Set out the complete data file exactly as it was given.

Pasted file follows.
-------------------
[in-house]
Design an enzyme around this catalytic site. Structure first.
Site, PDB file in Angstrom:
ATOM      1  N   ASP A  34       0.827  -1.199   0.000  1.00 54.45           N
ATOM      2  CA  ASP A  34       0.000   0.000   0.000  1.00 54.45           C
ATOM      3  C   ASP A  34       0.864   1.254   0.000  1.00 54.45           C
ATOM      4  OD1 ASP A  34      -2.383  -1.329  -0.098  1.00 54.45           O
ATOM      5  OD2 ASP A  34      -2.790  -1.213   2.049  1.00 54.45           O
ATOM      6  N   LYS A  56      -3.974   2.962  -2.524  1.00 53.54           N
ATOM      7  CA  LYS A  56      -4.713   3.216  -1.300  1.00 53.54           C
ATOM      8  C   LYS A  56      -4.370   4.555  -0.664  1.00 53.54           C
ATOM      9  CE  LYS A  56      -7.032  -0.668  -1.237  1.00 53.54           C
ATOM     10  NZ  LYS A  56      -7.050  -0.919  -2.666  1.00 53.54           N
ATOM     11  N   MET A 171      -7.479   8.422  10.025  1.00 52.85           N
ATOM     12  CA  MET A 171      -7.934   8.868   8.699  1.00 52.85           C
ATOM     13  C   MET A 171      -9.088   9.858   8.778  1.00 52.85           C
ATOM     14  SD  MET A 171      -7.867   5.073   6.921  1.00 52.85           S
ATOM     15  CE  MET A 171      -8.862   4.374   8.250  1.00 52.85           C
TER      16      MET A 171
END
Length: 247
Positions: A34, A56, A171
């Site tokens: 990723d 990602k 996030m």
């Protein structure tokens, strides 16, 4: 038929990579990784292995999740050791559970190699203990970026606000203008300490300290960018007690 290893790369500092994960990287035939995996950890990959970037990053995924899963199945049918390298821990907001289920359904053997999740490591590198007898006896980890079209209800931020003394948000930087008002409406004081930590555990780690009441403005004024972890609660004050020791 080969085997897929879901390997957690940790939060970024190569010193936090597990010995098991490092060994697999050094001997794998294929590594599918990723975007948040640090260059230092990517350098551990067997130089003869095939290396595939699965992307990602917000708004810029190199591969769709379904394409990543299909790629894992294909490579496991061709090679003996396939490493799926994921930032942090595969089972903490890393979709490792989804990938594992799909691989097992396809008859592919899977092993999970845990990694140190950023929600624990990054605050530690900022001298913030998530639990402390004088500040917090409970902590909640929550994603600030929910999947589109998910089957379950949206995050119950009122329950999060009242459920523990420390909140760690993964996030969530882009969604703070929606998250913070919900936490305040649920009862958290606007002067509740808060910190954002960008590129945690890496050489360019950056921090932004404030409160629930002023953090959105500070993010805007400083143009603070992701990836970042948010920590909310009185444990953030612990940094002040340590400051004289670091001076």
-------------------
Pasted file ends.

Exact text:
[in-house]
Design an enzyme around this catalytic site. Structure first.
Site, PDB file in Angstrom:
ATOM      1  N   ASP A  34       0.827  -1.199   0.000  1.00 54.45           N
ATOM      2  CA  ASP A  34       0.000   0.000   0.000  1.00 54.45           C
ATOM      3  C   ASP A  34       0.864   1.254   0.000  1.00 54.45           C
ATOM      4  OD1 ASP A  34      -2.383  -1.329  -0.098  1.00 54.45           O
ATOM      5  OD2 ASP A  34      -2.790  -1.213   2.049  1.00 54.45           O
ATOM      6  N   LYS A  56      -3.974   2.962  -2.524  1.00 53.54           N
ATOM      7  CA  LYS A  56      -4.713   3.216  -1.300  1.00 53.54           C
ATOM      8  C   LYS A  56      -4.370   4.555  -0.664  1.00 53.54           C
ATOM      9  CE  LYS A  56      -7.032  -0.668  -1.237  1.00 53.54           C
ATOM     10  NZ  LYS A  56      -7.050  -0.919  -2.666  1.00 53.54           N
ATOM     11  N   MET A 171      -7.479   8.422  10.025  1.00 52.85           N
ATOM     12  CA  MET A 171      -7.934   8.868   8.699  1.00 52.85           C
ATOM     13  C   MET A 171      -9.088   9.858   8.778  1.00 52.85           C
ATOM     14  SD  MET A 171      -7.867   5.073   6.921  1.00 52.85           S
ATOM     15  CE  MET A 171      -8.862   4.374   8.250  1.00 52.85           C
TER      16      MET A 171
END
Length: 247
Positions: A34, A56, A171
């Site tokens: 990723d 990602k 996030m």
């Protein structure tokens, strides 16, 4: 038929990579990784292995999740050791559970190699203990970026606000203008300490300290960018007690 290893790369500092994960990287035939995996950890990959970037990053995924899963199945049918390298821990907001289920359904053997999740490591590198007898006896980890079209209800931020003394948000930087008002409406004081930590555990780690009441403005004024972890609660004050020791 080969085997897929879901390997957690940790939060970024190569010193936090597990010995098991490092060994697999050094001997794998294929590594599918990723975007948040640090260059230092990517350098551990067997130089003869095939290396595939699965992307990602917000708004810029190199591969769709379904394409990543299909790629894992294909490579496991061709090679003996396939490493799926994921930032942090595969089972903490890393979709490792989804990938594992799909691989097992396809008859592919899977092993999970845990990694140190950023929600624990990054605050530690900022001298913030998530639990402390004088500040917090409970902590909640929550994603600030929910999947589109998910089957379950949206995050119950009122329950999060009242459920523990420390909140760690993964996030969530882009969604703070929606998250913070919900936490305040649920009862958290606007002067509740808060910190954002960008590129945690890496050489360019950056921090932004404030409160629930002023953090959105500070993010805007400083143009603070992701990836970042948010920590909310009185444990953030612990940094002040340590400051004289670091001076």